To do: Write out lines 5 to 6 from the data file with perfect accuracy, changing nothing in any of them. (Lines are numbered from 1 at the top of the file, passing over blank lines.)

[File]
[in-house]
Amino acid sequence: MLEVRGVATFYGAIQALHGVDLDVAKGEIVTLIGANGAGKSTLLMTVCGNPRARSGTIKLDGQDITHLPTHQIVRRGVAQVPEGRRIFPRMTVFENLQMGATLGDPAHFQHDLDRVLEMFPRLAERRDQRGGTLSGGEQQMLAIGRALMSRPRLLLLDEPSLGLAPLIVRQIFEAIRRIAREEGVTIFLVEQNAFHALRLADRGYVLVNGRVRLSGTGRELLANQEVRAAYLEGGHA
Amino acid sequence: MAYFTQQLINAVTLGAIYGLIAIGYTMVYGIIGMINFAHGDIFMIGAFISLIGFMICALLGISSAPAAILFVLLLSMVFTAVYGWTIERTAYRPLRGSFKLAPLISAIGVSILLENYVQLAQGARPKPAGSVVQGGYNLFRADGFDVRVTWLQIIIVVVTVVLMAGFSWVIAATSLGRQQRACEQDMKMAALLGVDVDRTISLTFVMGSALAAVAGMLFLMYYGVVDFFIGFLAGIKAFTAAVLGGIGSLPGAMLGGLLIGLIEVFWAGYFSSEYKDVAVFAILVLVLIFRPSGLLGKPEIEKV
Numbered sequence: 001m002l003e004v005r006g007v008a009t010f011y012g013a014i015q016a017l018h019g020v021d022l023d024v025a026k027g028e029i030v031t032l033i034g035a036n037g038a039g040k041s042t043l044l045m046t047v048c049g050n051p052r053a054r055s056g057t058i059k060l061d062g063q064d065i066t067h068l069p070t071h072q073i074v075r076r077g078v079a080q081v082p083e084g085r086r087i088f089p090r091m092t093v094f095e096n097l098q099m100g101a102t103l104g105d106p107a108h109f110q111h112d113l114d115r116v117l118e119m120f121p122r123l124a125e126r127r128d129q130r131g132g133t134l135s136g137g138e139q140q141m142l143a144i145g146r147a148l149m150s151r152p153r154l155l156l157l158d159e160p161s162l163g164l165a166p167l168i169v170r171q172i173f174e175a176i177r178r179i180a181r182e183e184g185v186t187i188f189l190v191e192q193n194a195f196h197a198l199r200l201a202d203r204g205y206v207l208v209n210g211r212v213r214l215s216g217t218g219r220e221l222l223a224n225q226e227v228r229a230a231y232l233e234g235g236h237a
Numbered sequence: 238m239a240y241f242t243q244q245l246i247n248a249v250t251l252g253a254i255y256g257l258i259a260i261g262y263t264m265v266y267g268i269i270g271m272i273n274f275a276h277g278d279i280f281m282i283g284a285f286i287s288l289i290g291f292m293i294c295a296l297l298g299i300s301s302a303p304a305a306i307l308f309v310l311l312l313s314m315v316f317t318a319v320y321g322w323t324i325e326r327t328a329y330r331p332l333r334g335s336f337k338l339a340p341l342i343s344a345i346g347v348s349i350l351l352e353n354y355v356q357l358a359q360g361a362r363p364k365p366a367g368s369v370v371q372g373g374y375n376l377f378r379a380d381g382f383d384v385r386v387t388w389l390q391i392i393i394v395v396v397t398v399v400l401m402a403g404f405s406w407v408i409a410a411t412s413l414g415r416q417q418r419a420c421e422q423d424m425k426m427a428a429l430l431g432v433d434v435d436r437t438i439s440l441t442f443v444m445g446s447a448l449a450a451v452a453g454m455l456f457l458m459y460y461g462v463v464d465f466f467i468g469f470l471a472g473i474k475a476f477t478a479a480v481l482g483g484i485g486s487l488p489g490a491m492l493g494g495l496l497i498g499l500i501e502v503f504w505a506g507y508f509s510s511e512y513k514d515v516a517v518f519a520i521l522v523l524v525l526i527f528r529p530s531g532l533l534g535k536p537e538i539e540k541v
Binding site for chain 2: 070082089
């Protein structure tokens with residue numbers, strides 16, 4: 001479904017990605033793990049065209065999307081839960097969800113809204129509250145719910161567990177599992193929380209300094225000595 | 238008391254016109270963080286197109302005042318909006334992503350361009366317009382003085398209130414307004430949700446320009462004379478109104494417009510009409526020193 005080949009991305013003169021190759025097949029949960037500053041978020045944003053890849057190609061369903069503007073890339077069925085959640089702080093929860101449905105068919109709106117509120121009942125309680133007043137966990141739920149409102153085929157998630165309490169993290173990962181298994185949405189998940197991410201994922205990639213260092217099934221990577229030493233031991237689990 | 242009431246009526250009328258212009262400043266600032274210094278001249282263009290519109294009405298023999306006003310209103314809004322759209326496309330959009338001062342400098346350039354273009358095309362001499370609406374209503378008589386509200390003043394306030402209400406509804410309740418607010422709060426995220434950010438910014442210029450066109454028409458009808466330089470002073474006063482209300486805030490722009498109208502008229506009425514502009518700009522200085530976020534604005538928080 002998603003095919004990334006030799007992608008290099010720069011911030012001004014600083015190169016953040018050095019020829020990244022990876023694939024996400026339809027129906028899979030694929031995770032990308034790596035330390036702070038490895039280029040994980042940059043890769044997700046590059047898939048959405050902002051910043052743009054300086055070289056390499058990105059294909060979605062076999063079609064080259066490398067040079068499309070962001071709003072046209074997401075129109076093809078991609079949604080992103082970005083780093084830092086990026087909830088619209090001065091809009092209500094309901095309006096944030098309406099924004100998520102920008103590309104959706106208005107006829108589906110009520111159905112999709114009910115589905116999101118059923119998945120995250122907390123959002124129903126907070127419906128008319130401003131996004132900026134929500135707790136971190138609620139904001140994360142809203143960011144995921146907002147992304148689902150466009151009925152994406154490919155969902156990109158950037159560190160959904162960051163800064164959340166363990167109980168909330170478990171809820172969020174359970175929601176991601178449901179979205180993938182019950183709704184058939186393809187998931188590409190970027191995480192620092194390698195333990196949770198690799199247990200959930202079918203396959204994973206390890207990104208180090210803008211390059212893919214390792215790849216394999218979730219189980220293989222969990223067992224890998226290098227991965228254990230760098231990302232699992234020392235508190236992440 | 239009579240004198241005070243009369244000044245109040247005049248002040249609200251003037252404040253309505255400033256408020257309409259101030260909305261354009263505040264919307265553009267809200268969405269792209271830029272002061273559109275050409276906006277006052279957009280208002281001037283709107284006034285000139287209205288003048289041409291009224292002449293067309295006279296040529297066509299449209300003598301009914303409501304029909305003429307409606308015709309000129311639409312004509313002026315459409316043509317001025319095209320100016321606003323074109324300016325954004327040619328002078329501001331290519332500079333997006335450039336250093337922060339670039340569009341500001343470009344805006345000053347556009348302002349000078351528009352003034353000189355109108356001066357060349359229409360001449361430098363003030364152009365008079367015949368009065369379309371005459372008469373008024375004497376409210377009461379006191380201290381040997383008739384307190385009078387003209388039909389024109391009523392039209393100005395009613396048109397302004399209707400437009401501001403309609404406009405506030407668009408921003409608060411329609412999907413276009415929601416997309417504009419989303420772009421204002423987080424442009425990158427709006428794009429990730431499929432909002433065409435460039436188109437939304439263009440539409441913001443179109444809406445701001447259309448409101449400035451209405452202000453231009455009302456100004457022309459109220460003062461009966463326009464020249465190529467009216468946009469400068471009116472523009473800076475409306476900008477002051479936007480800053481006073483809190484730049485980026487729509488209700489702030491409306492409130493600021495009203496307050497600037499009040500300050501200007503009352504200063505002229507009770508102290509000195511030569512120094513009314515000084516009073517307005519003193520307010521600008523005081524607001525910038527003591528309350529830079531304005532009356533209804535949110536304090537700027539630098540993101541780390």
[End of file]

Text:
Numbered sequence: 238m239a240y241f242t243q244q245l246i247n248a249v250t251l252g253a254i255y256g257l258i259a260i261g262y263t264m265v266y267g268i269i270g271m272i273n274f275a276h277g278d279i280f281m282i283g284a285f286i287s288l289i290g291f292m293i294c295a296l297l298g299i300s301s302a303p304a305a306i307l308f309v310l311l312l313s314m315v316f317t318a319v320y321g322w323t324i325e326r327t328a329y330r331p332l333r334g335s336f337k338l339a340p341l342i343s344a345i346g347v348s349i350l351l352e353n354y355v356q357l358a359q360g361a362r363p364k365p366a367g368s369v370v371q372g373g374y375n376l377f378r379a380d381g382f383d384v385r386v387t388w389l390q391i392i393i394v395v396v397t398v399v400l401m402a403g404f405s406w407v408i409a410a411t412s413l414g415r416q417q418r419a420c421e422q423d424m425k426m427a428a429l430l431g432v433d434v435d436r437t438i439s440l441t442f443v444m445g446s447a448l449a450a451v452a453g454m455l456f457l458m459y460y461g462v463v464d465f466f467i468g469f470l471a472g473i474k475a476f477t478a479a480v481l482g483g484i485g486s487l488p489g490a491m492l493g494g495l496l497i498g499l500i501e502v503f504w505a506g507y508f509s510s511e512y513k514d515v516a517v518f519a520i521l522v523l524v525l526i527f528r529p530s531g532l533l534g535k536p537e538i539e540k541v
Binding site for chain 2: 070082089